There are also some very real potential benefits to clinical trial participation. If a treatment works as expected, participants could have a better outcome than with other treatments normally available to them.
During a clinical trial, participants typically receive excellent care that might otherwise be costly. Because participants are so well monitored, they tend to learn a great deal about their overall health and any underlying medical conditions. Occasionally, the regular monitoring, especially laboratory tests, may detect a separate disease before it becomes clinically evident, allowing for early intervention.
Sometimes there is an opportunity to build camaraderie with other participants, which may be particularly welcome by people who have rare or uncommon diseases.
At a minimum, clinical trial participants can be sure that they are helping to advance medical science and public health.
However, the study team must not guarantee any trial-related benefits. Consent forms for participation should state explicitly that there is no guarantee of benefit.
Ethics and Safeguards in Clinical Trials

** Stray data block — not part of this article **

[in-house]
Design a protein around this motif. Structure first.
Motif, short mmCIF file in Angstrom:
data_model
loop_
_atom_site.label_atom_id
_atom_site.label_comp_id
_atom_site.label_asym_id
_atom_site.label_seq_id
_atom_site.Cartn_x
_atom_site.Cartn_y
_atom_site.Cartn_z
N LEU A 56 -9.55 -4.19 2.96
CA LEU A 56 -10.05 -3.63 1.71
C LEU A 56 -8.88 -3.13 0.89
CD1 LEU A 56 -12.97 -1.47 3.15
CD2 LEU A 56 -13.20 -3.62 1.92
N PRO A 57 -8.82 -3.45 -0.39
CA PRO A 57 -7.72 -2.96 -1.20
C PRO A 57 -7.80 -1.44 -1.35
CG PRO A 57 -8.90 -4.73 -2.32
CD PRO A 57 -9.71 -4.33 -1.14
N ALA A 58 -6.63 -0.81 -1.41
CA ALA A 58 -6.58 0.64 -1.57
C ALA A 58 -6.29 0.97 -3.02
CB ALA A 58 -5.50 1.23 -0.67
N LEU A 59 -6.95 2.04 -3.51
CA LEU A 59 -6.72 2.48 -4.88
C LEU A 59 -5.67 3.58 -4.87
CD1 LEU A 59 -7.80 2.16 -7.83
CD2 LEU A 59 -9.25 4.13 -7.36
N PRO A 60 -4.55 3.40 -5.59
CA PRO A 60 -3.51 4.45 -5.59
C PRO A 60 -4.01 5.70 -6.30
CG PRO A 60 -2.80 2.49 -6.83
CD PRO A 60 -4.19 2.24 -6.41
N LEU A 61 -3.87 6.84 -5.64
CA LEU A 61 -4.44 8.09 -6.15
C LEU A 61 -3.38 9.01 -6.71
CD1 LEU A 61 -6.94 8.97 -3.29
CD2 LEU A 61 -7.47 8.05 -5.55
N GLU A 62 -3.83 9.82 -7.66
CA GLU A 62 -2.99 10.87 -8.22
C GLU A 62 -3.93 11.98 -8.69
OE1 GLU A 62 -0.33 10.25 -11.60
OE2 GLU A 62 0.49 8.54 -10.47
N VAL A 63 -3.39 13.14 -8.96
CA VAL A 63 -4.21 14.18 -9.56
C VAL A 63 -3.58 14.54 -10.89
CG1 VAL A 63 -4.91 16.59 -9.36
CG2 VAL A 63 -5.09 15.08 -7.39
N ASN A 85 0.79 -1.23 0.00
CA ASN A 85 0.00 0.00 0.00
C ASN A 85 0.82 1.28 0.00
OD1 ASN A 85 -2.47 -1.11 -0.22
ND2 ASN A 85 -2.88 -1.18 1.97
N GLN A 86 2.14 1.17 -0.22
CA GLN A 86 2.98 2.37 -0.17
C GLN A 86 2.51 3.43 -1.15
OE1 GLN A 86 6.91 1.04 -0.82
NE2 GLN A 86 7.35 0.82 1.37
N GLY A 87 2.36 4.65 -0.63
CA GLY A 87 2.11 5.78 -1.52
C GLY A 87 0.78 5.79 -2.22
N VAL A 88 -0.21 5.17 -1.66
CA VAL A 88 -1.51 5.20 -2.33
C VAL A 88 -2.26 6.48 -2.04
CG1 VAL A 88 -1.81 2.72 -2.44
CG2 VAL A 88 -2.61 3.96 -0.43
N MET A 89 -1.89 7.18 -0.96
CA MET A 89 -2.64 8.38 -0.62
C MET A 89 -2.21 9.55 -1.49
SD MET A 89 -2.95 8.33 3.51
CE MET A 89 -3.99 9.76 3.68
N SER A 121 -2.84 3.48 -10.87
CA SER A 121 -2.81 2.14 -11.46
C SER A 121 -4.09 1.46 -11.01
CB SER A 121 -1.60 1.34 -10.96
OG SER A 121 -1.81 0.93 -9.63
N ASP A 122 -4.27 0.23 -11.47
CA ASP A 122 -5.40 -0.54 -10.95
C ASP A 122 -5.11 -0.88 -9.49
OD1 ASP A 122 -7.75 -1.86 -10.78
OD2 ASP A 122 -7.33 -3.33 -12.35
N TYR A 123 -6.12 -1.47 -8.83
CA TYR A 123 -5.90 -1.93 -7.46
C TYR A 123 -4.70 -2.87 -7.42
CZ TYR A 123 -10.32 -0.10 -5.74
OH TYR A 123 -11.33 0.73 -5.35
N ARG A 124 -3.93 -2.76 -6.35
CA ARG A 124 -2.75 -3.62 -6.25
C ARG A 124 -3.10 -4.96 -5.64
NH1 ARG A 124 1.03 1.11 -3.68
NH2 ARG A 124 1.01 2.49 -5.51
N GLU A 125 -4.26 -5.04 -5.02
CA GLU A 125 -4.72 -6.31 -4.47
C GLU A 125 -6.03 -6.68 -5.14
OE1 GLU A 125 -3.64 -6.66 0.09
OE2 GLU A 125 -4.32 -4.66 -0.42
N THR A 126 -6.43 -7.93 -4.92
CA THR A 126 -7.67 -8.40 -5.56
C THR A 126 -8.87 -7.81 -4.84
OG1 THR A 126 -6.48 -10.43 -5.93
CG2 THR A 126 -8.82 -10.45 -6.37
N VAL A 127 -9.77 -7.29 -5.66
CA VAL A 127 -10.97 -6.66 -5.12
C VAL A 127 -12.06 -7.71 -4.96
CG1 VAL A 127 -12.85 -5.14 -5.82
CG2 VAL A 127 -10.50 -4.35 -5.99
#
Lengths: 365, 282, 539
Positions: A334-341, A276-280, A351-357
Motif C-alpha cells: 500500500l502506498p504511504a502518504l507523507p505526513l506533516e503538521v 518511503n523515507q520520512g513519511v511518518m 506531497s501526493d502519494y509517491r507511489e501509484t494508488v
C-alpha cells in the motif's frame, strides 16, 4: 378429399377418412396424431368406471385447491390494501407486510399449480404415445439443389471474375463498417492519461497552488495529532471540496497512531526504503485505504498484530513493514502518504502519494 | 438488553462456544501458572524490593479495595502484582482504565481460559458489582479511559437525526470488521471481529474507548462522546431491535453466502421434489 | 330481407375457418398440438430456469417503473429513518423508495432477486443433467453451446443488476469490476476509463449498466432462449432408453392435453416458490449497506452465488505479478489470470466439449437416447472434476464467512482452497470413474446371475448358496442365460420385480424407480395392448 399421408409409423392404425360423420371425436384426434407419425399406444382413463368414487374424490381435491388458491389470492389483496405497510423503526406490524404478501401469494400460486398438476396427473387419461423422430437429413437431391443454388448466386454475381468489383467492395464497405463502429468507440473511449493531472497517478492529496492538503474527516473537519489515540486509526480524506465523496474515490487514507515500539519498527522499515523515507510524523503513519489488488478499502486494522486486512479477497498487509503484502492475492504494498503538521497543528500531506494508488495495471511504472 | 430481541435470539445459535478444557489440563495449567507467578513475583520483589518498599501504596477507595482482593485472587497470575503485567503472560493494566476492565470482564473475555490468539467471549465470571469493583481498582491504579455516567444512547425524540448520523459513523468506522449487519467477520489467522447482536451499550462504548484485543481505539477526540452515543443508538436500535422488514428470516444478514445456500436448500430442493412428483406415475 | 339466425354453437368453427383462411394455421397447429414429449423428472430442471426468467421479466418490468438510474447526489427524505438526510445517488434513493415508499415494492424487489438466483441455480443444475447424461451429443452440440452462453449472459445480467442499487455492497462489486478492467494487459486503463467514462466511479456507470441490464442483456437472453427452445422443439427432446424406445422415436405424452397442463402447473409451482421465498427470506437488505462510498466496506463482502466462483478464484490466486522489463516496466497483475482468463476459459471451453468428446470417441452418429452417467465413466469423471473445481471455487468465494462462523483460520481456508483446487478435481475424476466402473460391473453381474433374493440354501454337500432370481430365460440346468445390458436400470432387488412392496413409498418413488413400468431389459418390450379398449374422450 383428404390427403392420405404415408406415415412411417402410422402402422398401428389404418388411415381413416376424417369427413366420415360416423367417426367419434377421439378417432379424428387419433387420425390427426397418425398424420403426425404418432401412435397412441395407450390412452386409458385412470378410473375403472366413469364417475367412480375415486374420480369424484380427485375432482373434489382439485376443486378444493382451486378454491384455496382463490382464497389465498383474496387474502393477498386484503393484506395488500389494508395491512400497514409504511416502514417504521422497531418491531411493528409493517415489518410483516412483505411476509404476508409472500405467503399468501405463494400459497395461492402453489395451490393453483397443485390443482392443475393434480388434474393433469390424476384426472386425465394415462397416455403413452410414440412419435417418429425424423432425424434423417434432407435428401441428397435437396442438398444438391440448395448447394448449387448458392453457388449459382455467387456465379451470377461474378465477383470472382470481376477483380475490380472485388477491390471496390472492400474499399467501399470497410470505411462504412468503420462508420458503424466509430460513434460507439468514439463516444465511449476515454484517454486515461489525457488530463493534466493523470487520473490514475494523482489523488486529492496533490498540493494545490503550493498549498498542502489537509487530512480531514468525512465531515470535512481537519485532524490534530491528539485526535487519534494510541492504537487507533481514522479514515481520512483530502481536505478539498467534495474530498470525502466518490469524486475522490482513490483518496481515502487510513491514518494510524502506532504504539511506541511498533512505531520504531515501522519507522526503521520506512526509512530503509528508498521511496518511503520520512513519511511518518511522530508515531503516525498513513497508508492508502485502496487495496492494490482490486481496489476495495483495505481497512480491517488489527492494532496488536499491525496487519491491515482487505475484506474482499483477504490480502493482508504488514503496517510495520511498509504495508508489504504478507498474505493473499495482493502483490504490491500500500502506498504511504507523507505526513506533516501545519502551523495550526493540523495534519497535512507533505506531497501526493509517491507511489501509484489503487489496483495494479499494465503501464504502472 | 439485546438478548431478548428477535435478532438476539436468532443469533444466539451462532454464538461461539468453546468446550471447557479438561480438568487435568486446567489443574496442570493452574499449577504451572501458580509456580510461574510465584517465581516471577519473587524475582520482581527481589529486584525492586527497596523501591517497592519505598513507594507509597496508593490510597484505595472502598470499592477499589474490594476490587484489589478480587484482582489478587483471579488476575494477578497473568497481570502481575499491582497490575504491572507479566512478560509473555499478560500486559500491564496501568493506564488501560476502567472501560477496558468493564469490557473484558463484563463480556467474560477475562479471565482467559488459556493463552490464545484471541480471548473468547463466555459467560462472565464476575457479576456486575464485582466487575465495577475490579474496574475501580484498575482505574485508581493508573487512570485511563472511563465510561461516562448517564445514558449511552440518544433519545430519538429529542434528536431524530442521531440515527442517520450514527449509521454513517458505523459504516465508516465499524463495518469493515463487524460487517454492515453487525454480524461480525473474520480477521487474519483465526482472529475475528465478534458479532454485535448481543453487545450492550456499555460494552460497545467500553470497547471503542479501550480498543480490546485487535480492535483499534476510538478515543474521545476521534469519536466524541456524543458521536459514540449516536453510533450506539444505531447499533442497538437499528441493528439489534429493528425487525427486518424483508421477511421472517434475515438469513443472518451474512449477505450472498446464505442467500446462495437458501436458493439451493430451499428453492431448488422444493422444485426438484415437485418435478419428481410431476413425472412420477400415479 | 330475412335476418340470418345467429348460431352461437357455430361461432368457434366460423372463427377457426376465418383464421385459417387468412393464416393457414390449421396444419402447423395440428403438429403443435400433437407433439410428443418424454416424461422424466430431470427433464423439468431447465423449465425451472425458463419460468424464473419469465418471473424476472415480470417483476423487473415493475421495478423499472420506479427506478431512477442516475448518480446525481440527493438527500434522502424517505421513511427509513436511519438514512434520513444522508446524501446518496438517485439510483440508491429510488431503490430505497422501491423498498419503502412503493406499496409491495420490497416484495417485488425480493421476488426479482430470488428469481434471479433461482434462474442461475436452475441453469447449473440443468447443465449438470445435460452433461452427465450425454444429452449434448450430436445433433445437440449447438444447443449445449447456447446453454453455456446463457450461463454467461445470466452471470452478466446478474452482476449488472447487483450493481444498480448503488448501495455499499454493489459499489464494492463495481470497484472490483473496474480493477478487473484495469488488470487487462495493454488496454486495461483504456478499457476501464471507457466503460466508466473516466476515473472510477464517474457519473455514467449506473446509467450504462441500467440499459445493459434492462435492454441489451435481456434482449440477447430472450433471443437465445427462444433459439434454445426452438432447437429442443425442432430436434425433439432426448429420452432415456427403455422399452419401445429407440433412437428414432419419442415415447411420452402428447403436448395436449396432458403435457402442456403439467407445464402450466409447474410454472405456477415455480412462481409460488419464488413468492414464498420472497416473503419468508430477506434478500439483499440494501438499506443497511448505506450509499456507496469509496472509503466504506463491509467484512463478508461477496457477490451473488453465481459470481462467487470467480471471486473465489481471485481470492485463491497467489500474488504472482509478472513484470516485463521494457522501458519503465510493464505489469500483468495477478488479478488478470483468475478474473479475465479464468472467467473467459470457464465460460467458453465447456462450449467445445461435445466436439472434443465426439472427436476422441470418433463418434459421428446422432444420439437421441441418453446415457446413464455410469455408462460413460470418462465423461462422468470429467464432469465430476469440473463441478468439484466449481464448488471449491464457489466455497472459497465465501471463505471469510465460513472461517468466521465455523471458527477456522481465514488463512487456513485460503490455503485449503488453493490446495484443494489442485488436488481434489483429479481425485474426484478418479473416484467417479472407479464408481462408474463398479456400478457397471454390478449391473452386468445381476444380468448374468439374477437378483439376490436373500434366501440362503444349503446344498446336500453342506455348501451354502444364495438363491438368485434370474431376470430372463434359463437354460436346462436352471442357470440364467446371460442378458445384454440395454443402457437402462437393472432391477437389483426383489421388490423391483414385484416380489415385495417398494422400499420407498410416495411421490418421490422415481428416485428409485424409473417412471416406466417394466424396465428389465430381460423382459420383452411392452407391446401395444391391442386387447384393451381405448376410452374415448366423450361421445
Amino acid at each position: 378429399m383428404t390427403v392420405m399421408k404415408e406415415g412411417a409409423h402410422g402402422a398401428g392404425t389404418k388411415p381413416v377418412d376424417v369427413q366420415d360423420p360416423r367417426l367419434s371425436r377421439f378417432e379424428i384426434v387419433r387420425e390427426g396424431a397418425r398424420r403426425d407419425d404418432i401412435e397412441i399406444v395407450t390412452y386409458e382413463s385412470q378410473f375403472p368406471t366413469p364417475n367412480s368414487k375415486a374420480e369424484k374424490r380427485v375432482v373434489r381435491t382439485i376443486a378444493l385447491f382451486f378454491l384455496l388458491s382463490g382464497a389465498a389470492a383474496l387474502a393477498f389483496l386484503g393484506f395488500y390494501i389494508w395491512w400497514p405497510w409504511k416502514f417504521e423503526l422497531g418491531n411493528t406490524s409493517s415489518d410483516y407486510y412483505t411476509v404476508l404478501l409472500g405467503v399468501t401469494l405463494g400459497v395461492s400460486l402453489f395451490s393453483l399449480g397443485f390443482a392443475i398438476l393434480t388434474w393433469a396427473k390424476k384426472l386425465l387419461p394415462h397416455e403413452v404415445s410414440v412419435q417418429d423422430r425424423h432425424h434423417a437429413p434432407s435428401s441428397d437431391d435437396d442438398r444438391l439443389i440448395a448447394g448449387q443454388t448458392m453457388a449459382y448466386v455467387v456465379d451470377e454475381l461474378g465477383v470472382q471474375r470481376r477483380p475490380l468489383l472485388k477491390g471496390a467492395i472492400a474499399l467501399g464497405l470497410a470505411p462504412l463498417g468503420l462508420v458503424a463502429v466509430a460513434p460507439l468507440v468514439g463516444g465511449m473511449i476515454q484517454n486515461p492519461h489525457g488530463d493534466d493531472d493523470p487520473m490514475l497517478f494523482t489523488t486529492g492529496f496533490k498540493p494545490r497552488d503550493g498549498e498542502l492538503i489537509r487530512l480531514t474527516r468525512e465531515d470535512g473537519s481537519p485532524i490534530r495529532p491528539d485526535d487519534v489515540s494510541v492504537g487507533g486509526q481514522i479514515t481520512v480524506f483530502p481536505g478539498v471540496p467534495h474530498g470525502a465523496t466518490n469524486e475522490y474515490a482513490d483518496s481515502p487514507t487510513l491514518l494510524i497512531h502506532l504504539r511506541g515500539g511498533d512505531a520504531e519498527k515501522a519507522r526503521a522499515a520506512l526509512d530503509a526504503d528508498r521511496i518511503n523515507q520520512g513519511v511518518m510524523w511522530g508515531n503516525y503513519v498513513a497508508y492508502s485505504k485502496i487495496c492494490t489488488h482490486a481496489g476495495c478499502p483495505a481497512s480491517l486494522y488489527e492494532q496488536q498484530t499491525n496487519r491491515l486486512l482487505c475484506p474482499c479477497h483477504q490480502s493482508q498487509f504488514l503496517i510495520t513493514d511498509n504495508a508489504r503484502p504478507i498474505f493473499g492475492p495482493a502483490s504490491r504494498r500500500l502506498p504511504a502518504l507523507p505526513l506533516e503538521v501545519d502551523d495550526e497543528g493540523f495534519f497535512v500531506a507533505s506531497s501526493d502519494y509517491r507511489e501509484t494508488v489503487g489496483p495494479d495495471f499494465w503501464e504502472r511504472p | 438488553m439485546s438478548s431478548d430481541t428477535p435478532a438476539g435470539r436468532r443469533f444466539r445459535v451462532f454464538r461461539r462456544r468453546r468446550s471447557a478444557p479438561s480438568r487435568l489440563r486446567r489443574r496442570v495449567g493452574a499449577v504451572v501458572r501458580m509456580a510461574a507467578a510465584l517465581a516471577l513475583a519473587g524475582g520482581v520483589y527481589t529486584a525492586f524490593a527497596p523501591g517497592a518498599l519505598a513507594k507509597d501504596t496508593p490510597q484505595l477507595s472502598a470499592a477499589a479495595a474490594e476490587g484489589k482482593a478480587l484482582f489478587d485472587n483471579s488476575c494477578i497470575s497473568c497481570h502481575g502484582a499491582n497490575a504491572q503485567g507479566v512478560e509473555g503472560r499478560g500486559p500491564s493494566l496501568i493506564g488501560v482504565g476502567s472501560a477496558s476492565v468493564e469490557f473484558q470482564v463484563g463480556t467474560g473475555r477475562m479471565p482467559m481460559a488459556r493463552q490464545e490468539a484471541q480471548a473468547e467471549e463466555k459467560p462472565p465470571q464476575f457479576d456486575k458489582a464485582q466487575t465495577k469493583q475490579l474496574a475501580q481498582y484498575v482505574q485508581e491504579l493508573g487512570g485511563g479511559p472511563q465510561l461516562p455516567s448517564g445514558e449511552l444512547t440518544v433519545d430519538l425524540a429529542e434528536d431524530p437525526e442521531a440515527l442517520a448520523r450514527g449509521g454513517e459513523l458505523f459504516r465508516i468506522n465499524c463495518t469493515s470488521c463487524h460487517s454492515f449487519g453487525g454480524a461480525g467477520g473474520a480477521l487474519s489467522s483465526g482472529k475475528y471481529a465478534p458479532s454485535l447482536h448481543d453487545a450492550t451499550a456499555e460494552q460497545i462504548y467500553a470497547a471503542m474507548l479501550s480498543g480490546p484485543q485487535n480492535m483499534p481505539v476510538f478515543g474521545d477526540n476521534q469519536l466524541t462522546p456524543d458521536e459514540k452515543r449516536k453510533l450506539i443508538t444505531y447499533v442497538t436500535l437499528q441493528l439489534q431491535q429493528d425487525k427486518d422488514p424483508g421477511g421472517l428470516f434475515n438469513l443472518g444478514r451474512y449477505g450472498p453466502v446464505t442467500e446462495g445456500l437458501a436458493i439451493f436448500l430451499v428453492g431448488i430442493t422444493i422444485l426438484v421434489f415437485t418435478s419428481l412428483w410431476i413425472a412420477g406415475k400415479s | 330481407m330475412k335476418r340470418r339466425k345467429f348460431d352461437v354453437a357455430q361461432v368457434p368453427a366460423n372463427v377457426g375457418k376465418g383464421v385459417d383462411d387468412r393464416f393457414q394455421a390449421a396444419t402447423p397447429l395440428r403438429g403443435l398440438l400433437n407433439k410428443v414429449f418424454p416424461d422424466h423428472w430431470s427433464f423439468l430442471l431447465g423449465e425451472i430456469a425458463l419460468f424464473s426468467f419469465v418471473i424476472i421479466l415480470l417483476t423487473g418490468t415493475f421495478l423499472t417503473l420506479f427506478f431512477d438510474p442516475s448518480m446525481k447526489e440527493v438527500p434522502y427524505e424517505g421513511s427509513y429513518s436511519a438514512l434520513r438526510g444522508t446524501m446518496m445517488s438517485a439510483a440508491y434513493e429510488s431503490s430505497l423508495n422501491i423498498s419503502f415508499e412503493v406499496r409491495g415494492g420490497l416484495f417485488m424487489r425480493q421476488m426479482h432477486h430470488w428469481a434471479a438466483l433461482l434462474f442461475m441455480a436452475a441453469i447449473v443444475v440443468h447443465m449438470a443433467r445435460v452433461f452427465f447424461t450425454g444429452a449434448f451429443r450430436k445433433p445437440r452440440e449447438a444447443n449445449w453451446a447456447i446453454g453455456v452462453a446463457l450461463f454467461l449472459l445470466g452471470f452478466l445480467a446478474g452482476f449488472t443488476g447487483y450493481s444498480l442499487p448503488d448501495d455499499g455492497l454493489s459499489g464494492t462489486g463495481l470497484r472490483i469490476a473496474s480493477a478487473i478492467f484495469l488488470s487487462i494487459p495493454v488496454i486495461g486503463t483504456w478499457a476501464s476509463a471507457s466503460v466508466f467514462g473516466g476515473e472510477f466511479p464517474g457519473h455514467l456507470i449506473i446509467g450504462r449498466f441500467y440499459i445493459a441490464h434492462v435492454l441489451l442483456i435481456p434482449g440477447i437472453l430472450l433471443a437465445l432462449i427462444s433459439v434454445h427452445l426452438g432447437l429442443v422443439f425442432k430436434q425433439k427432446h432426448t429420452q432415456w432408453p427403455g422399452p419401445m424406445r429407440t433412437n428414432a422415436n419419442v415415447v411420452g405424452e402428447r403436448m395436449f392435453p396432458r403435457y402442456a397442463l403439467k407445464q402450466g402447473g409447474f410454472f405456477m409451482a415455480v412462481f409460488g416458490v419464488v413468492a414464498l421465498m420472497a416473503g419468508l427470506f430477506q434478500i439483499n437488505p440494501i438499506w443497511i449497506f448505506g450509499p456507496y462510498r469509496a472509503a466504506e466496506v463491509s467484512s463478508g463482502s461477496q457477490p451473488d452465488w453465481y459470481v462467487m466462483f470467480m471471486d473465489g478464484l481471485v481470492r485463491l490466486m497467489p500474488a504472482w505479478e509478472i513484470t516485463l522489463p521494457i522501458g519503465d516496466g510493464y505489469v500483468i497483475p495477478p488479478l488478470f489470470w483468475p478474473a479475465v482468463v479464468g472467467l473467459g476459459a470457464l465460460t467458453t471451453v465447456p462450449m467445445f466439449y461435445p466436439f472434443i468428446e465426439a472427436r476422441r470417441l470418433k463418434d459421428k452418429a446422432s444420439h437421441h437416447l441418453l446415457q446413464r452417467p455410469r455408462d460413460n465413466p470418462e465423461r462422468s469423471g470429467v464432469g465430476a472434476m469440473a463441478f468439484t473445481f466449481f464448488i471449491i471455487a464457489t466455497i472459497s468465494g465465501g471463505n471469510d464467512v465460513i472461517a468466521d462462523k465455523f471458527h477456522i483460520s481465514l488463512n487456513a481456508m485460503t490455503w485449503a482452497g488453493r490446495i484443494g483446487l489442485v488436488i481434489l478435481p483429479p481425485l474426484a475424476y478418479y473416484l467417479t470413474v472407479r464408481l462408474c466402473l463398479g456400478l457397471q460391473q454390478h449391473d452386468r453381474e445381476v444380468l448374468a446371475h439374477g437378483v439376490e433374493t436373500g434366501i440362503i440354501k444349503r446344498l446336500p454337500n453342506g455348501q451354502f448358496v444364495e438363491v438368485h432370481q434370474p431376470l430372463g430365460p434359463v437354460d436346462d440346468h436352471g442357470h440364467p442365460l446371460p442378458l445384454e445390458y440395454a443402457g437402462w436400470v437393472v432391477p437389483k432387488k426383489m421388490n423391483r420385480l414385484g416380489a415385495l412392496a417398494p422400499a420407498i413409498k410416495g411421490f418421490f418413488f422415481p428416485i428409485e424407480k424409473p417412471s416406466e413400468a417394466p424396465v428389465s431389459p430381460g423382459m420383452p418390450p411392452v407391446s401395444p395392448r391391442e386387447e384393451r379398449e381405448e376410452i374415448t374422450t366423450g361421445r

In a very small fraction of situations, investigators in charge of clinical trials have acted unethically. One particularly shameful example is known as the Tuskegee experiments. Conducted around Tuskegee, Alabama, from 1932 to 1972, this study enrolled about 400 poor, mostly illiterate, Black sharecroppers who had syphilis. These participants were not told that they had syphilis, and despite the eventual availability of the effective treatment penicillin, the Tuskegee investigators withheld penicillin and information about penicillin purely to continue to study how the disease progressed. Participants were also prevented from accessing syphilis treatment programs that were available to other people in the area. As a result of this serious breach of ethics and trust, several safeguards were put in place. Included in these safeguards are the establishment of Institutional Review Boards and the concept of informed consent.